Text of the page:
Sweet dreams are made of cheese, and one of our favorite ways to indulge is ooey-gooey fondue. Any excuse to dip anything and everything into a vat of melted cheese is Gouda in our book, and even though it seems like a fancy French thing to do, it’s so easy you won’t Brielieve it. (Last one, we promise!)
Whether you’re throwing a fall bash or Monster Mash, or just looking to crash after work with cheese and wine, there’s a perfect fondue for you. Check out four of our favorite fondue recipes below — ranging from Italian-accented Fontina to chorizo-spiked queso — and get more cheesy recipes here.
Chips with Blue Cheese Fondue
Homemade rosemary potato chips are delicious on their own, but when you dip them in blue cheese fondue, it takes them to the next level. Warning: These may start a serious addiction.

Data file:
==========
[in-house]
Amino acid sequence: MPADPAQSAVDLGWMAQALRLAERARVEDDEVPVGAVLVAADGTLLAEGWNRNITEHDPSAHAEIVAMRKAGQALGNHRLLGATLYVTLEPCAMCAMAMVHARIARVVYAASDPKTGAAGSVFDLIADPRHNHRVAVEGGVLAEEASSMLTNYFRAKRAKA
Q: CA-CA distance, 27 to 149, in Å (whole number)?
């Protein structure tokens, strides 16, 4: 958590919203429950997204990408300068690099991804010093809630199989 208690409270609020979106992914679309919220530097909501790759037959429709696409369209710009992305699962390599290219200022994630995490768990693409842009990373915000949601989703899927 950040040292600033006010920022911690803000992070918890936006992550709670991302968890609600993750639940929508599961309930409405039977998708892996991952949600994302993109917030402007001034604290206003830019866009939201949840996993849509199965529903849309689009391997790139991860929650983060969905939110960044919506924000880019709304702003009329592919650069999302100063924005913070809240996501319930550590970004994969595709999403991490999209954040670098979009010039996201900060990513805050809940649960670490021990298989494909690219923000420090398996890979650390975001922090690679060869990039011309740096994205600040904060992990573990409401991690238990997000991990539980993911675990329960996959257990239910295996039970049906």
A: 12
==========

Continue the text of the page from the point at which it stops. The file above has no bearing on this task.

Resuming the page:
Continue Reading Stop the World and Melt With These Easy Cheesy Fondue Recipes
In our humble opinion, Thanksgiving is superior to any other day of the year. In an effort to make this year’s feast the best of all time (sorry, Pilgrims and Wampanoag tribe), we’re bringing you the recipes, how-tos and decorating ideas to help you become a Turkey Day pro.
Did somebody call for an incredibly adorable pumpkin pie-impersonating appetizer? Lucky for them, these cheesy cracker bites exist solely to delight Thanksgiving dinner guests. They’re especially useful for giving the kids something to do while you’re busy baking the real pumpkin pie, as they’re easily assembled with a few crackers, some thick slabs of sharp cheddar and a whimsical “whipped cream” dollop of cream cheese on top. Only slightly more time-consuming than spreading club crackers across a plate, they’ll elicit three times the oohs and ahhs from your Thanksgiving company. Get the simple instructions for crafting these dessert-inspired snacks and then feast on a few of Cooking Channel’s cheesiest appetizers for turkey day: